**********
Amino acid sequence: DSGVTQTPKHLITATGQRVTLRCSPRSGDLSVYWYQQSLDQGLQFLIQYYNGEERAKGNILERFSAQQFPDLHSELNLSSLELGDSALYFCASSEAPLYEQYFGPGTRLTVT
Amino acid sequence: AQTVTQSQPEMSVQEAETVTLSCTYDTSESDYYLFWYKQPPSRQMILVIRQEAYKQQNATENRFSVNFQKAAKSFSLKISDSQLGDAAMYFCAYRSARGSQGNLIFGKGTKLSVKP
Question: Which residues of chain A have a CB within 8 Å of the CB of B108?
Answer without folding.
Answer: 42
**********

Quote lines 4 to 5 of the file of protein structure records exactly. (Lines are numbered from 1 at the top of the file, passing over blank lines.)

Answer without folding.
Answer: 42